And really, why should I spend my time worshiping an individual who claimed to be God, but then whose followers invented such outrageous fiction about him?
Without the resurrection, I can still believe in the God of Abraham, but maybe I'd better be taking Judaism a lot more seriously.
No, I gotta say either Jesus' disciples left us with trustworthy eyewitness testimony, or Jesus created some kind of cultic following who were either sadly deceived or became corporately delusional. Frankly, given the actual gospel story and the history of the early church, the "cultic following" theory doesn't really fit.
I often can relate to the attitude of Doubting Thomas: Don't give me this nonsense about a resurrected Jesus unless there are scars to touch. Only then will I fall and cry, "My Lord and My God."

Jennifer said...

Look. Jesus rose from the grave. He was resurrected. That's what I believe anyhow. If I don't believe that, I'd be following a dead and pretty pointless faith.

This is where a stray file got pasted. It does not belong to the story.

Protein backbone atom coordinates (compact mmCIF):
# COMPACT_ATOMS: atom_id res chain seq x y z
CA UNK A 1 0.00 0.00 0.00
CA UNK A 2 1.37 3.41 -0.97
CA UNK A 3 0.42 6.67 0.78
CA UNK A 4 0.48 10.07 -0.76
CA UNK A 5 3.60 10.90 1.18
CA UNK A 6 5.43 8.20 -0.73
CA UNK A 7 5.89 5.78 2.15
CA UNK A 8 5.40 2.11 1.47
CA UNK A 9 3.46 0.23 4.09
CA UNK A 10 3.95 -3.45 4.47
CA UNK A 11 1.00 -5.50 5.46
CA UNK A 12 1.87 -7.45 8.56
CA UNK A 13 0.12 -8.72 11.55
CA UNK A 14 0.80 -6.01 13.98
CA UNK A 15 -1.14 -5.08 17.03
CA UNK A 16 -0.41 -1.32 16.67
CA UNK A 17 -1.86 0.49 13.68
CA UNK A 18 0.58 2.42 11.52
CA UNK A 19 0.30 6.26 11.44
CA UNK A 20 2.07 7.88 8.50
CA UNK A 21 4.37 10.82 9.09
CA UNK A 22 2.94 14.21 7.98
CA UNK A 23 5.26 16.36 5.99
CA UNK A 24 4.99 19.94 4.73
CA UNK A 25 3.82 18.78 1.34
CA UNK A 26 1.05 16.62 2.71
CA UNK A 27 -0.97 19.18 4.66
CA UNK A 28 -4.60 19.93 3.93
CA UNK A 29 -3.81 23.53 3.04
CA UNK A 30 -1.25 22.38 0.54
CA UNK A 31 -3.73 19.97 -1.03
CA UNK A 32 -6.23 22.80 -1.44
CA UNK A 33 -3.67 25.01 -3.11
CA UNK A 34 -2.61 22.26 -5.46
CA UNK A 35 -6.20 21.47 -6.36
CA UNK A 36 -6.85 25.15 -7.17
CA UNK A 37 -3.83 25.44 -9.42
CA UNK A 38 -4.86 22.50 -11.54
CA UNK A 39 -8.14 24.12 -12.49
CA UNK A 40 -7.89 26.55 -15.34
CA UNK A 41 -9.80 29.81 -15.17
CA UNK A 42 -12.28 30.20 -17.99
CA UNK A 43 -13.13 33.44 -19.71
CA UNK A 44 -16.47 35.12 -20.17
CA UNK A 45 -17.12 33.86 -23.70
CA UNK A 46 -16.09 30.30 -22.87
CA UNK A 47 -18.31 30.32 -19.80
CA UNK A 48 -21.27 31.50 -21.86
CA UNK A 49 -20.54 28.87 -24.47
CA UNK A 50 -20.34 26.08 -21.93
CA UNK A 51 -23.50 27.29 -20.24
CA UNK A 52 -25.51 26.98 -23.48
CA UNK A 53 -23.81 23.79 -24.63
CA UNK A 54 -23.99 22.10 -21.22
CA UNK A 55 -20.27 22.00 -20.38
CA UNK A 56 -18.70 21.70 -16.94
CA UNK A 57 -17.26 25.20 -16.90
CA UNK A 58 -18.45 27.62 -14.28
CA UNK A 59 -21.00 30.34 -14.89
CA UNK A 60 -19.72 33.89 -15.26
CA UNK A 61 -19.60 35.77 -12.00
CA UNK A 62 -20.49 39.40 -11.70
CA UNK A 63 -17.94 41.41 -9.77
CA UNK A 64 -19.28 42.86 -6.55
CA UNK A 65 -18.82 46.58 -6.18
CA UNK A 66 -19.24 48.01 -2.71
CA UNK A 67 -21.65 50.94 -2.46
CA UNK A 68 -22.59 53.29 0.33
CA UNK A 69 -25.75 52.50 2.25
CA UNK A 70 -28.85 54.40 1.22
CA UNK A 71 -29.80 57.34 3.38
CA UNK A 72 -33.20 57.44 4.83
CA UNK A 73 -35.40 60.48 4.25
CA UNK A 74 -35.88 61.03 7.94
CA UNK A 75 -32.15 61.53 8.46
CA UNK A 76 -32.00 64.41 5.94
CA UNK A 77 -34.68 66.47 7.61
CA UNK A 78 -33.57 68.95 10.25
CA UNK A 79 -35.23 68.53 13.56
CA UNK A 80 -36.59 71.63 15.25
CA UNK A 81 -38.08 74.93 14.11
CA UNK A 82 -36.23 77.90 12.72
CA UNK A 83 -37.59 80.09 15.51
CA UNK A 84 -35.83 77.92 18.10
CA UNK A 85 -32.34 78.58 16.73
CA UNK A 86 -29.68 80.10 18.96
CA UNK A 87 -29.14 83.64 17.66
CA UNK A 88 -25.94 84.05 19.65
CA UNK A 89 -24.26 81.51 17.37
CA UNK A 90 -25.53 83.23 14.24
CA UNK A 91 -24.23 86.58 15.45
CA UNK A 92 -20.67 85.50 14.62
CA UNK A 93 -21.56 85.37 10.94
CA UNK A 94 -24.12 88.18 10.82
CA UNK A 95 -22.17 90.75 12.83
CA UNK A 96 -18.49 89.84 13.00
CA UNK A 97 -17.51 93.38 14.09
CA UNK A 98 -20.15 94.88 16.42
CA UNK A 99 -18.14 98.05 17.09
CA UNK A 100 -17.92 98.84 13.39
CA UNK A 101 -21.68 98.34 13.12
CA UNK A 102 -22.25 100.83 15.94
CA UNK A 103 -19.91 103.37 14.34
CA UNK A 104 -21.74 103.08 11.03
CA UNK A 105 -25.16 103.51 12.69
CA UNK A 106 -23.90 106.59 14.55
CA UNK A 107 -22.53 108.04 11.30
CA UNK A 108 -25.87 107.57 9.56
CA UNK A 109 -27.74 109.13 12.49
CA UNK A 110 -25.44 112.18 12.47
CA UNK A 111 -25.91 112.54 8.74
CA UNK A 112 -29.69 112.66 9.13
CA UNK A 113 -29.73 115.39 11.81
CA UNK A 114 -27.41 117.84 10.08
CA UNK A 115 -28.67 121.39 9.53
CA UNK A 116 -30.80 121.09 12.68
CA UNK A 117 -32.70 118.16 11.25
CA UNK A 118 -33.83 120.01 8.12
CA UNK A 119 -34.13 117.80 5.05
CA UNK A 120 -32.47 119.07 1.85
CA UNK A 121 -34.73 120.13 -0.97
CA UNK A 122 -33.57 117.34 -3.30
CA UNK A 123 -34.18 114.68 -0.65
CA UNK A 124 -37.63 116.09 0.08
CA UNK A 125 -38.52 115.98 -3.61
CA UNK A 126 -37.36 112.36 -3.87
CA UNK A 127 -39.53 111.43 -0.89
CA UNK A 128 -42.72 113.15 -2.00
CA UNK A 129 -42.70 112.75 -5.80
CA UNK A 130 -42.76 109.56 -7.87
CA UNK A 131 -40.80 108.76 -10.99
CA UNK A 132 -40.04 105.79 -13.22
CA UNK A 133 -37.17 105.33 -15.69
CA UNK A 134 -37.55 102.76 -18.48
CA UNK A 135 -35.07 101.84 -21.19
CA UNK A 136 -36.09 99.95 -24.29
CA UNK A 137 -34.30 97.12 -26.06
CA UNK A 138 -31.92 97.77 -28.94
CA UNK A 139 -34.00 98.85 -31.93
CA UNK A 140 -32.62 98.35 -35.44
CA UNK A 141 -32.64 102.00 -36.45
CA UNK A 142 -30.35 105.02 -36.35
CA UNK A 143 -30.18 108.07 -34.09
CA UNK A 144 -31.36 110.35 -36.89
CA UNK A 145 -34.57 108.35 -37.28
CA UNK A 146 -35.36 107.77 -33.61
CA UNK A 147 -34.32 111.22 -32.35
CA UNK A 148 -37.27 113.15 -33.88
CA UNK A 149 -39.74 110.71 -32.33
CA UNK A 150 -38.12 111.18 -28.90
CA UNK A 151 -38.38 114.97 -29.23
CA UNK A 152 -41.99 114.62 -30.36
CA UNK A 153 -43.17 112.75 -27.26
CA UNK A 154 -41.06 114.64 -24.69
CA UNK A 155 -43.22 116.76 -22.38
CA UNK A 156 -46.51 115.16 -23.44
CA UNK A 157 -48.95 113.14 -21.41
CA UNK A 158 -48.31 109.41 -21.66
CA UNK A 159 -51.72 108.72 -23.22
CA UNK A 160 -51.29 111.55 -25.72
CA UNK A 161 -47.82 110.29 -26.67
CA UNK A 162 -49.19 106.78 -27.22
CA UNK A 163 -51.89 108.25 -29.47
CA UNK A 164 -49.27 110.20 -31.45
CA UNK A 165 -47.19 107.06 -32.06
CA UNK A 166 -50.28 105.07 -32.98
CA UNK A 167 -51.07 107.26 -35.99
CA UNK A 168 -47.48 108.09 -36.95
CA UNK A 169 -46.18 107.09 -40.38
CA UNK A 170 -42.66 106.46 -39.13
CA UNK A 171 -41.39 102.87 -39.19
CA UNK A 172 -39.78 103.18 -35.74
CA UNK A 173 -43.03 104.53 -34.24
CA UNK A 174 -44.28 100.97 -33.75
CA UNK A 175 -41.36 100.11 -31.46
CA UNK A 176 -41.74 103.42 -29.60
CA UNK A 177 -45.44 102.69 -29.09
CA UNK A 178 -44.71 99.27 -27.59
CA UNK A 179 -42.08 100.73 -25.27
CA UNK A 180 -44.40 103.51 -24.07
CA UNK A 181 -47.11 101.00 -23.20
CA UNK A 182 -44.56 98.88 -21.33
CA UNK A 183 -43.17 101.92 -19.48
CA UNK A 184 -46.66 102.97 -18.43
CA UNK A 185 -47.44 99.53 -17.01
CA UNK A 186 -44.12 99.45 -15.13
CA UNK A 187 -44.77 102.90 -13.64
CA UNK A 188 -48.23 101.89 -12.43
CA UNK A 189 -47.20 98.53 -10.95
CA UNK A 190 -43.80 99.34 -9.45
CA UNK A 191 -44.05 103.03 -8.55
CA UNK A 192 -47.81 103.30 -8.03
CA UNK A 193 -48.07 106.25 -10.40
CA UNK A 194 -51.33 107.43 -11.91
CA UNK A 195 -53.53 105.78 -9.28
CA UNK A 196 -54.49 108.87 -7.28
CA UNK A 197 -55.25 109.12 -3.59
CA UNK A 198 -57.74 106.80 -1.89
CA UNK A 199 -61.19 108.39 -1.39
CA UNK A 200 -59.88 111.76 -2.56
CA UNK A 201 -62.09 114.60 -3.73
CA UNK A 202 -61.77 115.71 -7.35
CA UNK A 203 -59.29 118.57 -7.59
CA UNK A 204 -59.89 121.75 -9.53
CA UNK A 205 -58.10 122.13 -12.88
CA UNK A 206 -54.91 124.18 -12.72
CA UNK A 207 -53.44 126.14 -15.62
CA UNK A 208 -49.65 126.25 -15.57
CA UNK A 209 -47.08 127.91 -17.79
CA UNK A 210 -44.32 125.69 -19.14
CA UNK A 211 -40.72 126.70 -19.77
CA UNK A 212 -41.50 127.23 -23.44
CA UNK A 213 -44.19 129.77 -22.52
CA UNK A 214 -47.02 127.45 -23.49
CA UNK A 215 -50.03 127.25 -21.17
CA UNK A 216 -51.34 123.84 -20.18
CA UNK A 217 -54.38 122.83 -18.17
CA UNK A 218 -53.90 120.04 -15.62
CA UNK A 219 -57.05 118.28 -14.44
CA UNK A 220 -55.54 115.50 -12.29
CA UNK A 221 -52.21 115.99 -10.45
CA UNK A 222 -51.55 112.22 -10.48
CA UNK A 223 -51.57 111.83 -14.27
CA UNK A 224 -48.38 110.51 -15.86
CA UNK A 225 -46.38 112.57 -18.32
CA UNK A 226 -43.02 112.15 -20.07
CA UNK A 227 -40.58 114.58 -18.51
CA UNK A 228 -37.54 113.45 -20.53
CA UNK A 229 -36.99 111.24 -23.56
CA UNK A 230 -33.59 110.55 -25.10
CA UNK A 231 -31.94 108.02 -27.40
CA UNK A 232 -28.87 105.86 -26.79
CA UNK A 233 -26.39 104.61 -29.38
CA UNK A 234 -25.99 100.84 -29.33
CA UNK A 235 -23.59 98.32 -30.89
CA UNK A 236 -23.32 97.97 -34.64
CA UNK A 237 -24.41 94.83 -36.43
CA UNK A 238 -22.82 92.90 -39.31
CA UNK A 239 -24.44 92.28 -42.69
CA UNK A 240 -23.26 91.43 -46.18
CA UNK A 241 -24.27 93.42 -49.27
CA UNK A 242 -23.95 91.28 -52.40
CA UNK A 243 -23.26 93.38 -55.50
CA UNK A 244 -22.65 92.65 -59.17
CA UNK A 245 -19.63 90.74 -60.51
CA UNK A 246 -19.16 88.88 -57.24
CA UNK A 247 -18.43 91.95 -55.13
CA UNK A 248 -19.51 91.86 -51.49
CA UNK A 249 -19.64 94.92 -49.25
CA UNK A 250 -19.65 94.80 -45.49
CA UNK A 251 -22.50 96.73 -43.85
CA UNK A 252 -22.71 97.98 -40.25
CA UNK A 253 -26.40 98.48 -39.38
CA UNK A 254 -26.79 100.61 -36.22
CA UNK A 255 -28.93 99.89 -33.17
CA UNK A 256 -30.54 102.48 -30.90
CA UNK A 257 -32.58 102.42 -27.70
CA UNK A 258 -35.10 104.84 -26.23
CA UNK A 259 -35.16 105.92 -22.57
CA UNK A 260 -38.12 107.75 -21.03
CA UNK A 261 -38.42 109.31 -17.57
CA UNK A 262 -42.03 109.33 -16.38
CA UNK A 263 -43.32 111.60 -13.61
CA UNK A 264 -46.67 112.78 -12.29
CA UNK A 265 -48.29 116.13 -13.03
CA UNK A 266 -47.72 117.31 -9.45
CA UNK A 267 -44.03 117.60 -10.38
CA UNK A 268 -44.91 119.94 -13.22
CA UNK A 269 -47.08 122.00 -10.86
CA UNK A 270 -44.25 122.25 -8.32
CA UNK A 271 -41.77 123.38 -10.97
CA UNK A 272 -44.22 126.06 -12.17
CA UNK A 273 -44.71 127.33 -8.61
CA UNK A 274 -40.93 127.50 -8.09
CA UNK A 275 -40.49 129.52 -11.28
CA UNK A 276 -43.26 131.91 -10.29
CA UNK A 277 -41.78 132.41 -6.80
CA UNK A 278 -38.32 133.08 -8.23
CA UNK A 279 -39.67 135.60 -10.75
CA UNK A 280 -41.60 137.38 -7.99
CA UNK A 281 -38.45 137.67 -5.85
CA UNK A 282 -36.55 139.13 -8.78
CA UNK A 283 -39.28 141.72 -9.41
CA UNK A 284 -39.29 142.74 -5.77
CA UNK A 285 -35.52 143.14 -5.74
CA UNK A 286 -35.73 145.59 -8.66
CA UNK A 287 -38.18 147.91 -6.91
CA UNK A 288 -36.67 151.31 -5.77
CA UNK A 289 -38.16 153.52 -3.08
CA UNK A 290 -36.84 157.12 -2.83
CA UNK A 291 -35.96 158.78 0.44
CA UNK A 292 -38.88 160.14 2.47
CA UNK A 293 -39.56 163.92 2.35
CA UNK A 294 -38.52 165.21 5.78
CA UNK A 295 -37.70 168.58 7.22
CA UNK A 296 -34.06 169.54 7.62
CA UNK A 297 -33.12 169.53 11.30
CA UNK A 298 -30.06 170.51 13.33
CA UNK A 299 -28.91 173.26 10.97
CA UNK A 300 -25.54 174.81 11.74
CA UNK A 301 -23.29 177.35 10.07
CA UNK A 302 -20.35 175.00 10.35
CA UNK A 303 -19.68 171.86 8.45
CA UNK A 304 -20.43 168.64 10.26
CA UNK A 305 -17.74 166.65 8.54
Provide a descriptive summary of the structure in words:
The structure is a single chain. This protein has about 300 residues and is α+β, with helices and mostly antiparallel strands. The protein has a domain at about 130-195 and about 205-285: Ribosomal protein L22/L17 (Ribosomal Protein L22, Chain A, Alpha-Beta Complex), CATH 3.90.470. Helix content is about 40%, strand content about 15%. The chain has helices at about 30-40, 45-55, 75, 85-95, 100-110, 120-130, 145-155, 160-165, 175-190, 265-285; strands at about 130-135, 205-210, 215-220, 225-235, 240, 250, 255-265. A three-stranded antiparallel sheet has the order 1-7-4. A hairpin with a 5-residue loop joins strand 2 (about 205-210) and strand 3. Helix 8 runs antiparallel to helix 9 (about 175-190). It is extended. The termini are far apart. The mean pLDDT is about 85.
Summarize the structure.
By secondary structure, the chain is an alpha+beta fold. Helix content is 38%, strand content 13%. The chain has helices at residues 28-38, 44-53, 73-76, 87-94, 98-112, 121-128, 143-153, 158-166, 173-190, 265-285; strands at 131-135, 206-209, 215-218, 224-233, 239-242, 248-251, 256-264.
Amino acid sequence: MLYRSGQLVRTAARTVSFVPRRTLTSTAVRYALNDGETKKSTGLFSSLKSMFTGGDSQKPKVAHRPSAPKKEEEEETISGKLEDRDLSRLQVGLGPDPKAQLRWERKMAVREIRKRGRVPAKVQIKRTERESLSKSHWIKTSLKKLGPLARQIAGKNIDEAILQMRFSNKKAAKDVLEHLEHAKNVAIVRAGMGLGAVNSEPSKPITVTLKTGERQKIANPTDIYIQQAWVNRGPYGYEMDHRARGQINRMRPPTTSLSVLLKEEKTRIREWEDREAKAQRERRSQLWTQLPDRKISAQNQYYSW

But I'm not following a dead faith. I'm following a faith built on a resurrection.

And this is coming from me, a former atheist.

adhunt said...

Brandon,

I'm not offended at all. But I think you grossly charicatured belief in the Resurrection.

For one, the initial thought of Peter had to do with "is the death and resurrection necessary?" Not, "Is there a heaven?" or even "Would you worship God without a heaven"

I do not trust in the Resurrection as "fire insurance;" I trust in it because I have faith in the testimony of the early church and because of my lifelong experiences with God. I worship on account of the Resurrection as it demonstrates the faithfulness of God as creator and redeemer.

I don't "know" if I would worship IF there was no resurrection. For one, by the time I found out whether there was one or not (ie- died), if it wasn't true then I wouldn't exactly care. And two, I just don't know what it would be like to worship apart from such a belief since I have been a believer since my earliest days.

To say that Jesus was resurrected is not to just give mental assent to a dogma, it is an important thing which we say about what God has done and will do. Without it I actually do think that we would have a very different shape for a faith.

I hope I don't offend either!

Brandon K. Baker said...

I’m going to try and tackle all the responses to my comments in one post, so sorry if I truncate or fail to articulate my thoughts.

“If the resurrection is pure fiction, or even something merely "psychological", then why should we trust anything else in the Gospels … why should I spend my time worshiping an individual who claimed to be God, but then whose followers invented such outrageous fiction about him?”